Manager’s life experience benefitting patients at Humber River

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Piroska Bata is leading by example at Toronto’s Humber River Regional Hospital (HRRH). “I believe in treating all your patients as if they are family” says Bata, a Medical Inpatient Unit Manager at HRRH’s Church Street site. “That’s my motto and something I demonstrate to my staff every day. It’s also one of the big reasons I chose to work at Humber River,” she notes. “The values of this hospital and their commitment to their patients and community really resonate with my personal values. I am excited to be working here.”

When Bata isn’t leading an HRRH interdisciplinary team of staff – which includes nurses, physiotherapists and social workers to name a few – she’s taking her ‘customer service’ approach to a new level in the community and making a big difference.

Bata is a life coach and has worked as a clinical nursing instructor at Seneca, George Brown and Humber Colleges. She is also an active volunteer with the Brain Injury Association of Canada (BIAC) and is proud to be the Co-Chair of the Sponsorship Committee that is working hard to spread awareness about the effects of brain injuries. Currently, she is working with the Committee to organize BIAC’s annual fundraising event: The Hawaiian Oyster Odyssey – set for the end of this month – where Bata will also deliver a first-hand account of her personal experience.

“Four years ago my dad was the victim of an explosion and he suffered a severe brain injury,” explains Bata. “After three months in the hospital and two months in rehabilitation, there was no place for him to go; he still needed help,” she says. “That’s when I realized how much more I could contribute.”

In addition to coordinating care for her father, Bata consistently networks with a variety of organizations in order to ensure that her father receives appropriate support and service in the community.

“When it comes to brain injuries, you can’t see the scars,” says Bata. “The damage is on the inside. That’s why I feel this topic doesn’t get enough attention. As a health professional, I realize that it’s really important for me to help people – who’ve suffered with brain and related injuries – to reintegrate into society. Helping patients and their families to understand what community services are available after they leave the hospital is really important.”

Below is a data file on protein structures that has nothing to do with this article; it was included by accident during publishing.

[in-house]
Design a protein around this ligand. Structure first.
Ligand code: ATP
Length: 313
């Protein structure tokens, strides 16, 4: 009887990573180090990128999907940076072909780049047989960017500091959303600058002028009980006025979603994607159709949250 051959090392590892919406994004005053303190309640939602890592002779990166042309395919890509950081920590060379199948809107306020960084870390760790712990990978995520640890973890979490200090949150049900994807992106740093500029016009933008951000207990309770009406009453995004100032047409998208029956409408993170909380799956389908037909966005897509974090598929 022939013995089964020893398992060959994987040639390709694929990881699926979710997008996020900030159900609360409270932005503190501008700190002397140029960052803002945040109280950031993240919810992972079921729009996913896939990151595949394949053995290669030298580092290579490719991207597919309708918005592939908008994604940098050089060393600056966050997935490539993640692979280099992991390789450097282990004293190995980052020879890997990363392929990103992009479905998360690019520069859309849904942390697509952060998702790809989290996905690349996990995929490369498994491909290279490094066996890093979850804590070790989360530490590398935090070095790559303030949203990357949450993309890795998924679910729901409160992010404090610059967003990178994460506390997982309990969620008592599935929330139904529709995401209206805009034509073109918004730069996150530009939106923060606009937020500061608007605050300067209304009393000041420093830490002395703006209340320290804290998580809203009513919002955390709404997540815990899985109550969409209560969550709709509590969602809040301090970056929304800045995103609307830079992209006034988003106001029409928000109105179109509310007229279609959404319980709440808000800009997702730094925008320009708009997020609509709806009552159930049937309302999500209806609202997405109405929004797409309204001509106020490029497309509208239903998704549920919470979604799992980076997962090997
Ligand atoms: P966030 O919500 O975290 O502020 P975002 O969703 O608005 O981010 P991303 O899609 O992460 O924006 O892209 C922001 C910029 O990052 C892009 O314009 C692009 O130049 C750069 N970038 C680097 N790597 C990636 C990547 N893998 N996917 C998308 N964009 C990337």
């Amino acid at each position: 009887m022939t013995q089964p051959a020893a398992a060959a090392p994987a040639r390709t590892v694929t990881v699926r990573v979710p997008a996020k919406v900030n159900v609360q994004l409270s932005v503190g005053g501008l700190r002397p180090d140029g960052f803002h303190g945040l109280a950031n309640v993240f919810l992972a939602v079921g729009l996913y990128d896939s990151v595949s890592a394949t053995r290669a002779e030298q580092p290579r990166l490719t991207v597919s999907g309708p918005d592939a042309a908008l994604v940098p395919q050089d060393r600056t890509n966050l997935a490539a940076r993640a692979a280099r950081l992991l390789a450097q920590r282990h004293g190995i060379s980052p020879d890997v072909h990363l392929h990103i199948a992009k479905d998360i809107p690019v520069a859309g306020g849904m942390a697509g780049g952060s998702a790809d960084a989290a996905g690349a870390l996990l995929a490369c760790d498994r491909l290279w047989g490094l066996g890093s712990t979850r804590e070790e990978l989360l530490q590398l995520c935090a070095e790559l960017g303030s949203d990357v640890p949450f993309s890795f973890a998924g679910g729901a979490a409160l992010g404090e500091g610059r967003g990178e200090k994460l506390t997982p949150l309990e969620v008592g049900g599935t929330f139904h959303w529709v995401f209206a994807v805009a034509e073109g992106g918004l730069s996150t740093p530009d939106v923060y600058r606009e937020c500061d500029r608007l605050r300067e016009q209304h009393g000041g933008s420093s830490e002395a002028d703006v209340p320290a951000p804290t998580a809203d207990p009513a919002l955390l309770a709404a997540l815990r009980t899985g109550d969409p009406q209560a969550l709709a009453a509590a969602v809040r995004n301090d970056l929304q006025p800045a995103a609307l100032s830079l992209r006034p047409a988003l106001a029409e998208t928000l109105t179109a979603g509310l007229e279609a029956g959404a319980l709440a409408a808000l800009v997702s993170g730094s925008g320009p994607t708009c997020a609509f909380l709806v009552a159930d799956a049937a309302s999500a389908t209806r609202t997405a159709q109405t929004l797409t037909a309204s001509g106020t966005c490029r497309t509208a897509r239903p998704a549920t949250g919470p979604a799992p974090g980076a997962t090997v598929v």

Thanks to Bata’s personal experience and her knowledge of community services, many people at Humber River are benefitting.

“I genuinely understand the needs of my patients,” proclaims Bata. “My personal experience helps me to empathize with what my patients and their families are going through. I am really helping people to cope with what’s happening at all stages of the care process. It’s a good feeling,” she notes.

“She motivates me to work harder,” says Laurolyn Adam-Zhou, HRRH nurse for the past several years. “I am really happy to have Piroska as my mentor and my manager.”

“Piroska is a refreshing and wonderful addition to our team,” says Barbara Willits, HRRH Director of Medicine and Emergency Services. “Her energy and enthusiasm, combined with her positive attitude and ability to multitask make her a very valuable member of our staff. Her diverse contribution – on many levels – is remarkable.”

Diversity is nothing new for Bata – also a black belt in open style Canadian martial arts – who relies on her expertise in one of four languages, including Hungarian, German, and Serbian to translate medical information to her parents and, to Humber River patients on a daily basis.

Whether she is translating medical information or comforting a family member, Bata is excited to help in any way she can; and is thrilled to be at Humber River.

“I am ecstatic to have found the right fit and the opportunity to build on my leadership skills in a positive environment,” Bata exclaims. “Humber River’s future is exciting: poised to build Ontario’s first digital hospital with a big emphasis on going green. I love that vision and I am so happy to be a part of it.”